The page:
All our mushroom cultures are only one to two transfers away from the 1st generation mother culture to ensure a vibrant, healthy, and fast-growing product.
Each liquid mushroom culture syringe contains 12 cc's of mycelium suspended in a nutrient broth solution or commonly referred to as a liquid culture. Unlike many vendors, our cultures do not contain honey, we use a special clear recipe so you can see exactly what you're getting. Your mushroom culture is guaranteed to arrive 100% viable and completely contamination-free ready to inoculate a substrate of your choice.
You may use your LC Syringe right away, or store it in its mylar container in the refrigerator for 6 months or longer!
Your order with us today will contain:
(1) sterile 12 ml syringe with locking cap and selected strain.
(1) mylar syringe sleeve for long-term storage.
(2) alcohol pads.
(1) 18 gauge needle.
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Worldwide shipping makes us the most turned to mushroom culture producer/distributor in the world. If you canï¿½t find it in your country, we have you covered and our shipping time is considerably less than what you may expect.
Coral Tooth Mushroom Hericium Coralloides
Hericium coralloides is a saprotrophic fungus, commonly known as the coral tooth fungus. It grows on dead hardwood trees. The species is edible and good when young, but as it ages the branches and hanging spines become brittle and turn a light shade of yellowish brown. The Maori name for this species is pekepekekiore.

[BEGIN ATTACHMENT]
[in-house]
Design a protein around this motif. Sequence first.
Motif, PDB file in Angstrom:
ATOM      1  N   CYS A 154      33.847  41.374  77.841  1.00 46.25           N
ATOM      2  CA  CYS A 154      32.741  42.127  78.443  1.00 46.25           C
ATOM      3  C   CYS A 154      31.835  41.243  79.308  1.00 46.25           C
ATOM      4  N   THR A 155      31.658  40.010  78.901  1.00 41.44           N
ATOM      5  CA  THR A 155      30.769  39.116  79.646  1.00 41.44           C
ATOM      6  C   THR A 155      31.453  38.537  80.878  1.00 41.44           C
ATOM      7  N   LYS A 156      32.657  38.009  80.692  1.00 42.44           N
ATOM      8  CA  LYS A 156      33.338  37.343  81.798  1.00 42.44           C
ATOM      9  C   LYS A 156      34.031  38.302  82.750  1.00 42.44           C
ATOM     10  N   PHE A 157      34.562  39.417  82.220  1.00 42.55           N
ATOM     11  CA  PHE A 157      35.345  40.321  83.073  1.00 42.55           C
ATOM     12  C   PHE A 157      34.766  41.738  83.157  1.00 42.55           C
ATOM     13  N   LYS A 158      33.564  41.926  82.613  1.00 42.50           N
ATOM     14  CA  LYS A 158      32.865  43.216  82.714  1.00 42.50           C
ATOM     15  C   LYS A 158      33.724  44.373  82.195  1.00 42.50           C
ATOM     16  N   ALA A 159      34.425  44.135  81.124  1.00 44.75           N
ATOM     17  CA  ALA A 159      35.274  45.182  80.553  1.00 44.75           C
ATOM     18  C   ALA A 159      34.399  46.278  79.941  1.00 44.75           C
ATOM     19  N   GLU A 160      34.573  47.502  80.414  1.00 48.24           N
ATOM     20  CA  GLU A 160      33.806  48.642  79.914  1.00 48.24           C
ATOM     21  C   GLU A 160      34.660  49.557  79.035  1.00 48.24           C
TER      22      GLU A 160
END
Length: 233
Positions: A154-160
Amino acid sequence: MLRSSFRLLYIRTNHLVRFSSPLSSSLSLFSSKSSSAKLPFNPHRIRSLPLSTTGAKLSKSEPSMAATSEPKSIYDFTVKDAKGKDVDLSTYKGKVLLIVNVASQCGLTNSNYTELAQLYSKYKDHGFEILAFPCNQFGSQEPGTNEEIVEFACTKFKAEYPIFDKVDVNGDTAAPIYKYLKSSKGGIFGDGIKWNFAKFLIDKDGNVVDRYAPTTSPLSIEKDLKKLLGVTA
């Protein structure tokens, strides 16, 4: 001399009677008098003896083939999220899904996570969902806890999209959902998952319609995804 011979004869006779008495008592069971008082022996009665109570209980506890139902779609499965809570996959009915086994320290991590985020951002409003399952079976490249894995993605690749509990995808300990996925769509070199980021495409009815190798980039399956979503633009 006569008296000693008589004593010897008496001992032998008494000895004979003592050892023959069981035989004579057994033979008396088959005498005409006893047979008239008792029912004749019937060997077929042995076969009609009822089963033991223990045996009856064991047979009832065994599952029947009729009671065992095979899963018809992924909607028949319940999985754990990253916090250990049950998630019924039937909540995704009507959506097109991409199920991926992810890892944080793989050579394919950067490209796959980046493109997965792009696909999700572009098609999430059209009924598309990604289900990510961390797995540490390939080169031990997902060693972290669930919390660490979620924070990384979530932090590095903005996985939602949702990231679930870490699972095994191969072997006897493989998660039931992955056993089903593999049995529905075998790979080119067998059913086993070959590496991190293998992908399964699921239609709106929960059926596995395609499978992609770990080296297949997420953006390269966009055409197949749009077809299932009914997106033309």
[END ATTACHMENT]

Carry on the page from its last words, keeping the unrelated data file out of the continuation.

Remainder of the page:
There are sixteen species of Hericium, four of which occur in North America, three in Minnesota. Coral Tooth Fungus (Hericium coralloides) is by far the most common of the three. It is fairly common in northeastern United States and in Minnesota. It is found in late summer and fall in deciduous woodlands and forests. It obtains its nutrients from dead wood (saprobic). It grows alone or in small groups on fallen logs, branches, and dead stumps of hardwoods.
When young, the fruiting body is knobby and toothless, and it cannot be distinguished from other Hericium species. When mature, it is a loose, openly branched, irregularly-shaped, 3? to 13 ï¿½? wide, 2?? to 6ï¿½? high cluster of delicate branches rising from a tough, repeatedly branched base. It is white when fresh, becoming creamy-white to buff or yellowish-tan with age. The branches are themselves again intricately branched and have rows of evenly-spaced spines, like the teeth of a comb.
The spines are the spore-producing structures of this fungus, corresponding to the gills on many mushrooms (Agaricales). They are ?? to ?? long and hang downward. Sometimes a small tuft of spines at the tip of a branch may have spines up to 1? long.
The flesh is white. It is edible when young and soft, but the spines become brittle with age.
The spore print is white.
German: ï¿½stiger Stachelbart, Buchenstachelbart
English Syn.: Coral tooth fungus
Scie. Syn.: HERICIUM RAMOSUM
fruiting body: 4 ï¿½ 25 cm
months: August ï¿½ October
characteristic: consists of fine coral like branches
habitat: deciduous trees, beech